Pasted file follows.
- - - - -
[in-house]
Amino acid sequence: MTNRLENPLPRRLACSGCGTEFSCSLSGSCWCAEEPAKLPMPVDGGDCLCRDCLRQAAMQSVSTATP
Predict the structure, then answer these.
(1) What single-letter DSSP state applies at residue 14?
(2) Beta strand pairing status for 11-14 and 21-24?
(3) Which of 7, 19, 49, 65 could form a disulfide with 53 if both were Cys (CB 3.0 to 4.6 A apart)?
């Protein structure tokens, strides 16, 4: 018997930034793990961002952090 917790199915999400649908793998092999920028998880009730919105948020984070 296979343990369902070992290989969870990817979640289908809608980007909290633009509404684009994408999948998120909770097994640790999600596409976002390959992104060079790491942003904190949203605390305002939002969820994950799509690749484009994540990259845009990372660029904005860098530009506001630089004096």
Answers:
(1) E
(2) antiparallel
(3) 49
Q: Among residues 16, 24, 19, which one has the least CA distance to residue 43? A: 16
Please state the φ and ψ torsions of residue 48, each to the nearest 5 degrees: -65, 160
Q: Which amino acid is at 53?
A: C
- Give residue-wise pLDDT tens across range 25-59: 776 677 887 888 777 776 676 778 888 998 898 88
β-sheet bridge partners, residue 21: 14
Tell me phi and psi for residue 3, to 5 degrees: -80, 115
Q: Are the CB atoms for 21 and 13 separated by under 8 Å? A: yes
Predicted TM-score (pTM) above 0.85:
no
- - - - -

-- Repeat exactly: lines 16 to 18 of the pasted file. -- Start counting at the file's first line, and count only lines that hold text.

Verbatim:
- Give residue-wise pLDDT tens across range 25-59: 776 677 887 888 777 776 676 778 888 998 898 88
β-sheet bridge partners, residue 21: 14
Tell me phi and psi for residue 3, to 5 degrees: -80, 115